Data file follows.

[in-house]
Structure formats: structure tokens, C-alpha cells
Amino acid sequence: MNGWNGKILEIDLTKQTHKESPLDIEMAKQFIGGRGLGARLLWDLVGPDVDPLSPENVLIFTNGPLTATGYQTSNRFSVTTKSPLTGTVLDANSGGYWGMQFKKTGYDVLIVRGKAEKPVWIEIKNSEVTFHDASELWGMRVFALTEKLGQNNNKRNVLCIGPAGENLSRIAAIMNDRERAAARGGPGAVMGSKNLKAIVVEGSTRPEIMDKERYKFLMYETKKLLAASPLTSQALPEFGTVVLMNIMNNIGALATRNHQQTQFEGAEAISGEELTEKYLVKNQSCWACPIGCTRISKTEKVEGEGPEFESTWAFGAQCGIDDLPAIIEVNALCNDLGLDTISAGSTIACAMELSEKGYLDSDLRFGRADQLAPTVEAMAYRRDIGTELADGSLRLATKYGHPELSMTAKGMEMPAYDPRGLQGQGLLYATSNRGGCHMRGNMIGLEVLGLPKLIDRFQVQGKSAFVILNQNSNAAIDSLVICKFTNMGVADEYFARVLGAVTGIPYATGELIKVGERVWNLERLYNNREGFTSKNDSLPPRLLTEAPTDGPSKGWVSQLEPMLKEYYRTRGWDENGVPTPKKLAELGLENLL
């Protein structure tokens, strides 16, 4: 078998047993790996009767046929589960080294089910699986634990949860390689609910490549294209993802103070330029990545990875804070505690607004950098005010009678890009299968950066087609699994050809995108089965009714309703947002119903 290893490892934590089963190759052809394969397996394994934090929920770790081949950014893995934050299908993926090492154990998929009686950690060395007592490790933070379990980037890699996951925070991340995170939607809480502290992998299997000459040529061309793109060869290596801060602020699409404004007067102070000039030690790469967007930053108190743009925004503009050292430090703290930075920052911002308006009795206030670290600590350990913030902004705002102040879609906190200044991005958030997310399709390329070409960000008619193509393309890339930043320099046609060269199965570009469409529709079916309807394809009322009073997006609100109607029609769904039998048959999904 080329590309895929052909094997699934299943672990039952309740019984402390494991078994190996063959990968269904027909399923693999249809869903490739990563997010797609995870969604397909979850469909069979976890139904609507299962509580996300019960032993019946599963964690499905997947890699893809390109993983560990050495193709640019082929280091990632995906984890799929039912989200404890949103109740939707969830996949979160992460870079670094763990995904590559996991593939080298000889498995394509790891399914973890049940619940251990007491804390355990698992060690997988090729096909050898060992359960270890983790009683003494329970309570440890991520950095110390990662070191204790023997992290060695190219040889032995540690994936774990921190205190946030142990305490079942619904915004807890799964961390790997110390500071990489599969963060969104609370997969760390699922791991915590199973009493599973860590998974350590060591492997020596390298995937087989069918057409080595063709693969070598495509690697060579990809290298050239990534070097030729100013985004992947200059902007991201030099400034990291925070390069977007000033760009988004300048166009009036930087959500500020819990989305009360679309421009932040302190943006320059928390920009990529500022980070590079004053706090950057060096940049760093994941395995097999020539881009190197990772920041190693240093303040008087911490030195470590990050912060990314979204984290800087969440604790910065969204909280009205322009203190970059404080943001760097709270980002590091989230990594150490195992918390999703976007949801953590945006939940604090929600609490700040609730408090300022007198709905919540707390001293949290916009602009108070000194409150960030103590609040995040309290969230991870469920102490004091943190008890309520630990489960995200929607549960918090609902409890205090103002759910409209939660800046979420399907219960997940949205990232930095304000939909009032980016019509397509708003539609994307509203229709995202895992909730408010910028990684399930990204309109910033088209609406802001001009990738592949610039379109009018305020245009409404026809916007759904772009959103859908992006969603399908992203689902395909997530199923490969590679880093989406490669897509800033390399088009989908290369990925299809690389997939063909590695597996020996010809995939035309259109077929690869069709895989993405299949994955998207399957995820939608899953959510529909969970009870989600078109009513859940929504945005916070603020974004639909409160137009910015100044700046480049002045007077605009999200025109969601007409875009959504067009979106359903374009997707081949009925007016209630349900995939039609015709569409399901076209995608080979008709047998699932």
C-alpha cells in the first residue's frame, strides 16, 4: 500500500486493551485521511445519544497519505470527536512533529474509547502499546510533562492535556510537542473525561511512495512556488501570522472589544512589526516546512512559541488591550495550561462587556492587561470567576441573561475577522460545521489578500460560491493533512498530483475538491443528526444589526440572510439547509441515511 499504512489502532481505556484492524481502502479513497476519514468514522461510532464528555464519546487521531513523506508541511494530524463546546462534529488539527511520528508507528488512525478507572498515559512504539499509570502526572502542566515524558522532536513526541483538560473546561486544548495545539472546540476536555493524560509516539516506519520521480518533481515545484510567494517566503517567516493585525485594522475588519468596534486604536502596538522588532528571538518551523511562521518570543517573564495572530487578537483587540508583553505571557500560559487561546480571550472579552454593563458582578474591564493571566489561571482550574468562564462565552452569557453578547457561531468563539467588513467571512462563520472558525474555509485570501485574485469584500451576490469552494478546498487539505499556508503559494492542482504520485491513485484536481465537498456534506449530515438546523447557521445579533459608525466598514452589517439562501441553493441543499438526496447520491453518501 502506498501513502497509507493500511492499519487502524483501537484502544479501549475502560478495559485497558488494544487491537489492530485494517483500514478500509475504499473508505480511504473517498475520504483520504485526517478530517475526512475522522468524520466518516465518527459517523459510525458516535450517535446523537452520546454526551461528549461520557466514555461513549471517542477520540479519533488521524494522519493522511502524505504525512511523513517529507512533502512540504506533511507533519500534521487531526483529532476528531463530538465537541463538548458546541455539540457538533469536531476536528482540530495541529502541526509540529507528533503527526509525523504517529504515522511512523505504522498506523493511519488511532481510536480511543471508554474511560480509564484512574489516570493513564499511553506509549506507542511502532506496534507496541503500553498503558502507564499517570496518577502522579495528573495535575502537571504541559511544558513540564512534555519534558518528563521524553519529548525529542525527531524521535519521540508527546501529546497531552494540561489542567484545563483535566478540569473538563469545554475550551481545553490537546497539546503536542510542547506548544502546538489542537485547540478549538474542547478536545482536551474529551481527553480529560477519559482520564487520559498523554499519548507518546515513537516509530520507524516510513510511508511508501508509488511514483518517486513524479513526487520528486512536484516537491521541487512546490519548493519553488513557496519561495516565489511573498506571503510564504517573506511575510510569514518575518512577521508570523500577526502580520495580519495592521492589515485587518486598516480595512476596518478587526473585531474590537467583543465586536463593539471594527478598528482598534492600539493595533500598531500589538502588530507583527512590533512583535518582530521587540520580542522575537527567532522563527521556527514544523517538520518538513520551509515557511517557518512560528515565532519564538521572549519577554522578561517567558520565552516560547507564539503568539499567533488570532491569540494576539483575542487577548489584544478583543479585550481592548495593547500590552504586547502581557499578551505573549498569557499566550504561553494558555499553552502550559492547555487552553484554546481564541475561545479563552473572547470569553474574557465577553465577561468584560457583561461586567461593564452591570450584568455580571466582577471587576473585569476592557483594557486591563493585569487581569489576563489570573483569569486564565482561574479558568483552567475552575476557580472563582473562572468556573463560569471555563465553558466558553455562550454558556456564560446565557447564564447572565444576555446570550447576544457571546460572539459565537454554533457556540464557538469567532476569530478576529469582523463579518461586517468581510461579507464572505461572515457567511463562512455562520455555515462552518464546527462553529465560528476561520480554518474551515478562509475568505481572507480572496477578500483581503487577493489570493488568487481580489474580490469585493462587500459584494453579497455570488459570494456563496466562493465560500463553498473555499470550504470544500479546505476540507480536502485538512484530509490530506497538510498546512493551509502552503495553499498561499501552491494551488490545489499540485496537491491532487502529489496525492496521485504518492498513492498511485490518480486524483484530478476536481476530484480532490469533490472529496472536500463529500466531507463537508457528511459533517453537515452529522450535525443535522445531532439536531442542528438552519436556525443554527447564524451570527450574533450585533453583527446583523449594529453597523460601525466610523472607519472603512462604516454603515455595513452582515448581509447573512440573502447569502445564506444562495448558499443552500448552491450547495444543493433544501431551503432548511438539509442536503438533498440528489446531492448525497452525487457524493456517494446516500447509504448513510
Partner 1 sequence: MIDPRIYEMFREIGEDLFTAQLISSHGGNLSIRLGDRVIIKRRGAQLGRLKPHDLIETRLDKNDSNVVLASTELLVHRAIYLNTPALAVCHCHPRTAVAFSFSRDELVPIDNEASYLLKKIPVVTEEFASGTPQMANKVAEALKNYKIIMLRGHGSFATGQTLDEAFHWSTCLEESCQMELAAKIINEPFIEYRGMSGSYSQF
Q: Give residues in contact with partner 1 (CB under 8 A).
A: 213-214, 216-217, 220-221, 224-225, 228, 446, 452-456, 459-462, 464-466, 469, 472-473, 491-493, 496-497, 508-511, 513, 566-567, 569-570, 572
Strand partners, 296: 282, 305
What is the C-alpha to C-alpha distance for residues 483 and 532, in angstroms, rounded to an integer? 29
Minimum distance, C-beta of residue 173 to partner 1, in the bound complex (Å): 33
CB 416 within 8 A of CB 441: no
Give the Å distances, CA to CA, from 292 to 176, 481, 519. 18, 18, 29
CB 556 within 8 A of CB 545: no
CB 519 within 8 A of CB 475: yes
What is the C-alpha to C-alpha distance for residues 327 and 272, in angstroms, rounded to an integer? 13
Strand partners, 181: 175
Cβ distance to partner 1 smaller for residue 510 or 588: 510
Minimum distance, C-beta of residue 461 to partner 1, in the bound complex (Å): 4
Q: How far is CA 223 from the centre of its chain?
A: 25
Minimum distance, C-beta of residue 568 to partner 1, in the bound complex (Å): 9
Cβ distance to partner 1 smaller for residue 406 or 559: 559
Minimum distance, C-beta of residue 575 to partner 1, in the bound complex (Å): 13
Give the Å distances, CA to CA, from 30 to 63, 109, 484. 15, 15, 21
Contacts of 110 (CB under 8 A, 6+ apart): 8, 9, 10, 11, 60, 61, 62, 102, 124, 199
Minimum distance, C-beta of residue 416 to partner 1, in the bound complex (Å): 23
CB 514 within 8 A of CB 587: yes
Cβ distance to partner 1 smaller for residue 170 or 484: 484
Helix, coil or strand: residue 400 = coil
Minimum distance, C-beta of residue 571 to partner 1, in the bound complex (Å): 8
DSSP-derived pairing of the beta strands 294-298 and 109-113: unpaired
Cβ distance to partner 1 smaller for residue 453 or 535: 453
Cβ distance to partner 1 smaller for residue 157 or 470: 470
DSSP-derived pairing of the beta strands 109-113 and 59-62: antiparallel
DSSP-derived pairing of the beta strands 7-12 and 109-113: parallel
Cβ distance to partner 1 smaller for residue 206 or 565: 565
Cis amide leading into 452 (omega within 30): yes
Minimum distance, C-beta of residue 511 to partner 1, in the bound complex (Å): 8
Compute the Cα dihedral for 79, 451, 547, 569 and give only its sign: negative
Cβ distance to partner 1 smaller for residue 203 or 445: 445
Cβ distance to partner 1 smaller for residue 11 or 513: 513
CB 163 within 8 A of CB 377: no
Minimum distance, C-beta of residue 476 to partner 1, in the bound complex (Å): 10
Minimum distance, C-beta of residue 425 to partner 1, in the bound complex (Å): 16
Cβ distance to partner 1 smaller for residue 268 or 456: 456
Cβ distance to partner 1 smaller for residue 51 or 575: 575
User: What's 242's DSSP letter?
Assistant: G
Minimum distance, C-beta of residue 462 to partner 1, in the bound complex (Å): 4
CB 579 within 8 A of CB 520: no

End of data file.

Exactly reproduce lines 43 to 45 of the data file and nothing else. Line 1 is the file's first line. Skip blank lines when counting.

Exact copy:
CB 163 within 8 A of CB 377: no
Minimum distance, C-beta of residue 476 to partner 1, in the bound complex (Å): 10
Minimum distance, C-beta of residue 425 to partner 1, in the bound complex (Å): 16